"Victory is ours," Thaçi, without a tie and with his sleeves rolled up, told supporters shortly before midnight. "The elections were a referendum on the European future of Kosovo."
The Gani Bobi polling agency said a survey of more than 2,000 voters leaving voting stations put the PDK on 31% and the LDK, the PDK's main coalition partner in the outgoing government, on 25%.
The PDK, or the Democratic Party of Kosovo, is the largest party in Kosovo. Its political orientation is social democratic. It is led by Hashim Thaçi, the political leader of the former KLA, the Kosovo Liberation Army. The LDK, or the Democratic League of Kosovo, is the second largest party in Kosovo, and is of centre-right ideology.
With almost a third of the votes counted, the PDK had secured 34% and the LDK 25%, according to a group of non-governmental organisations following the count.
Such results mean Thaçi will once again have to seek backing from smaller parties as he prepares for crucial talks with Kosovo's former master Serbia, which does not recognise Kosovo's independence, on practical aspects of coexistence.
Both leading parties seek EU and NATO membership for Kosovo and want to continue privatising state enterprises, but both are short on concrete details of how they will boost one of the poorest economies in Europe.
In the last election in 2007, the PDK won 34.3% of the vote with the LDK securing 22.6 percent. Sunday's turnout was 47.8%, according to the election commission, slightly up on 2007.
The biggest surprise was the strength of the Self-Determination Movement, which was runing for the first time on a mandate of uniting Kosovars with their ethnic kin in neighbouring Albania. The exit poll put it in third place on 16%.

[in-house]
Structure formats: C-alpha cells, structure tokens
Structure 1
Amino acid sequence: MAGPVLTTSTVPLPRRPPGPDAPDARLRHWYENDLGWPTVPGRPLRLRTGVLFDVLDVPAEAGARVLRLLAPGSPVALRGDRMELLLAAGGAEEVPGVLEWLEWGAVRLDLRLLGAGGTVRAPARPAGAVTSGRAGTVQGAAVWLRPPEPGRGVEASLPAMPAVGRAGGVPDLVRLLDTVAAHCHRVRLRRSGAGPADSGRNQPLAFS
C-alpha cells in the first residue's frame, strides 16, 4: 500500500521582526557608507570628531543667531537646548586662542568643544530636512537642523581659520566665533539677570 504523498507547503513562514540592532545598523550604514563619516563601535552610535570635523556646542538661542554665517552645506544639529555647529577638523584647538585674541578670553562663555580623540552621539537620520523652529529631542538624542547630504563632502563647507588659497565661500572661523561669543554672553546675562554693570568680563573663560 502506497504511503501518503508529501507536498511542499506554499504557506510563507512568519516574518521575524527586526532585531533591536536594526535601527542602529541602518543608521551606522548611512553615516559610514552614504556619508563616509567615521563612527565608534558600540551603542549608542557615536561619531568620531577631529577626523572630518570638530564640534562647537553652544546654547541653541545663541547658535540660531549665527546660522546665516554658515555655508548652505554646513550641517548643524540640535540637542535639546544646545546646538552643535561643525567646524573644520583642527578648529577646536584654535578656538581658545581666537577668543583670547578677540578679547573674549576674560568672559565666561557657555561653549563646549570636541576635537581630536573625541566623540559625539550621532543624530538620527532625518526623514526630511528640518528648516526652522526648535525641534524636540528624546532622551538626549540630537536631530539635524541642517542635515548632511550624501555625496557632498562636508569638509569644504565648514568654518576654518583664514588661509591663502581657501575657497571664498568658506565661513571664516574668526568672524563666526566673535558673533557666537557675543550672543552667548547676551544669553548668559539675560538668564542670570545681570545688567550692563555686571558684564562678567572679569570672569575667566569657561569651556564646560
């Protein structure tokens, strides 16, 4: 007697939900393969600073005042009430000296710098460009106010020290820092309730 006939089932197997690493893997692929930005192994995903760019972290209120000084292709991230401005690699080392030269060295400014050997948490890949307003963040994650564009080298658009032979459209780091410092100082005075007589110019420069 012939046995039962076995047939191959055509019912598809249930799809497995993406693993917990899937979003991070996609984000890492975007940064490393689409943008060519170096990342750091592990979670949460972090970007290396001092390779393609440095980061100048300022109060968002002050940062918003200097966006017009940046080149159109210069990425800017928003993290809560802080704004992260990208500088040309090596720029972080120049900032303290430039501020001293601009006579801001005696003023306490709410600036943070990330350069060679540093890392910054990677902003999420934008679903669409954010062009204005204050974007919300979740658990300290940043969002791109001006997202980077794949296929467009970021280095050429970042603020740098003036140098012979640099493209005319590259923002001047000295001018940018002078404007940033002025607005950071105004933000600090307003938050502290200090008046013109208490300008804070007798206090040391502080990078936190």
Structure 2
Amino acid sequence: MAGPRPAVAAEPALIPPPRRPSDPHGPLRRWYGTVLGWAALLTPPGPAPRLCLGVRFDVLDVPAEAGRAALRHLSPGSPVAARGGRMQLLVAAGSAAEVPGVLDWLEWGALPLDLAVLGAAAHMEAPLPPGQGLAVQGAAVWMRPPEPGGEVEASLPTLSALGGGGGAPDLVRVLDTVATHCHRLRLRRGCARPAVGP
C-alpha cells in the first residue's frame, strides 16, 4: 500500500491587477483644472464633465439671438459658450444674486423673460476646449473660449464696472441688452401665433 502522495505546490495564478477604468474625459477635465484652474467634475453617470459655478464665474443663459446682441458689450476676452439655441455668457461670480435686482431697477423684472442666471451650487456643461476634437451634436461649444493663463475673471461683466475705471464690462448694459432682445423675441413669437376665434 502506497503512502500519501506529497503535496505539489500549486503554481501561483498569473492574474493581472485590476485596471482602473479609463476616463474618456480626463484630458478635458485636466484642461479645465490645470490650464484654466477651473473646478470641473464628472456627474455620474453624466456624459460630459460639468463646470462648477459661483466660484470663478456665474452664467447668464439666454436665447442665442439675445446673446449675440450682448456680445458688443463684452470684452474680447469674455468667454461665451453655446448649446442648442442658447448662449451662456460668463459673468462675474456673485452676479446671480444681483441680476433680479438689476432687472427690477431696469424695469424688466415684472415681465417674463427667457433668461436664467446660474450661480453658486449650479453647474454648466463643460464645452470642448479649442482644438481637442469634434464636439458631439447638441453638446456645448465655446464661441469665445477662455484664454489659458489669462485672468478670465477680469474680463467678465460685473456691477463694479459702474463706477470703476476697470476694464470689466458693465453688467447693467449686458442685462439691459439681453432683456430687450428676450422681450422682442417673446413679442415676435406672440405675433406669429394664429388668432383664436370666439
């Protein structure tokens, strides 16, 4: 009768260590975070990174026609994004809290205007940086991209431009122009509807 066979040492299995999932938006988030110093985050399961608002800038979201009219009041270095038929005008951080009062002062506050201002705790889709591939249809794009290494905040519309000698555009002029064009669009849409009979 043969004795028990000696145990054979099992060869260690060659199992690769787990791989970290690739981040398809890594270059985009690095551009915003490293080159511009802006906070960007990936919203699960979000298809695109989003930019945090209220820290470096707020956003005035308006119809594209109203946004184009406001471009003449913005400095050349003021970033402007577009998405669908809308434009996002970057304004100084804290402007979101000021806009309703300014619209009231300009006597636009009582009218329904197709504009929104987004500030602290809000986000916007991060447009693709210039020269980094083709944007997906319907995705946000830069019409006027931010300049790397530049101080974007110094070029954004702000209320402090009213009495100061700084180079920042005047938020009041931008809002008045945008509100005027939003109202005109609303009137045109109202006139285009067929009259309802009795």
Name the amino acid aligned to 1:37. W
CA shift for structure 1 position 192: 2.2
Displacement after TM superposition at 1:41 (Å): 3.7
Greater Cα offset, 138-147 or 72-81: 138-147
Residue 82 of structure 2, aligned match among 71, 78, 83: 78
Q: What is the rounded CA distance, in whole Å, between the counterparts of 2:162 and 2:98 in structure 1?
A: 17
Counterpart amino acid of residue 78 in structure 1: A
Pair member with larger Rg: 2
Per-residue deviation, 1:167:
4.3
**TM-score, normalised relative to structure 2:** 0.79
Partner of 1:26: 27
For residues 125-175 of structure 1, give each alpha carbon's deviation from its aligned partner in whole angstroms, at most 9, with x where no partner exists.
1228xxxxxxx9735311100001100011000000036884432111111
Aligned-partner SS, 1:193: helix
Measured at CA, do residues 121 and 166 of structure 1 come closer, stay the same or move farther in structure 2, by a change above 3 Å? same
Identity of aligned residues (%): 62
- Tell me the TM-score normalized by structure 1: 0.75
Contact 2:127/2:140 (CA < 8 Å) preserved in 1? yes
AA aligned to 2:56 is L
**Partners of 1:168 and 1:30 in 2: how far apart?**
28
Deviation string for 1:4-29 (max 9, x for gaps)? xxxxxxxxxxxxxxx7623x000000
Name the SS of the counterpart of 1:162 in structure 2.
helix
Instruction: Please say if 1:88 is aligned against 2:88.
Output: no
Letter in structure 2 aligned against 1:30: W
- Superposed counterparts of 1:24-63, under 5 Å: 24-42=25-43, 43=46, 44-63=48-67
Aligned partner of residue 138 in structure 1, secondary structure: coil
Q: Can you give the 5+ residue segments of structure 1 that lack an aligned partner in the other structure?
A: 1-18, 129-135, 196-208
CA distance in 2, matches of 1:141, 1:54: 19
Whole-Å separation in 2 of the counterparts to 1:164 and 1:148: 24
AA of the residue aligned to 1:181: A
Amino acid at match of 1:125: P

It also wants to reduce international controls over Kosovo, which is still an international protectorate, and stop the privatisation process.
The LDK has said it does not want to renew its coalition with Thaçi's party, which could mean a say in government for the Self-Determination Movement or other smaller parties.
The European Union and the United States view the snap election as a test of Kosovo's democratic maturity, and a free and fair vote is a condition for eventual membership of the EU.
"I consider the voting process a success," said Valdete Daka, head of the Central Election Commission. "There have been technical hitches that have not hurt the process."
However, ethnic Serbs in the divided town of Mitrovica boycotted the election, showing that tensions still linger following Kosovo's breakaway from Serbia.
"These elections were organised by a state that does not exist for me and this is the reason why I don't vote," said Dragan Vukosavljevic, a Serb in Mitrovica, whose northern half - like much of northern Kosovo - is outside Pristina's control.
But in the largely Serb village of Gračanica, close to Pristina, voters appeared to have turned out in numbers to vote for one of the nine Serb parties that ran.
Many Albanians interviewed outside polling stations said they hoped for change. Since the rallying goal of independence was realised in 2008, Albanians have been less reverential about their leaders as they face the tough reality of building a nation during an era of world economic crisis.
"I would like to see more courageous leaders who keep their word," said Fatime Sheremeti, 47.
According to BETA agency, EurActiv's partner in Serbia, the turnout in the Serb-populated area stood at 11%. The turnout across Kosovo was 47.8%, the same sources indicated.
A Commission spokesperson said on 9 December that the EU hoped that the elections would be free and fair and that people would vote massively, including in the Serb-populated areas.
(EurActiv with Reuters.)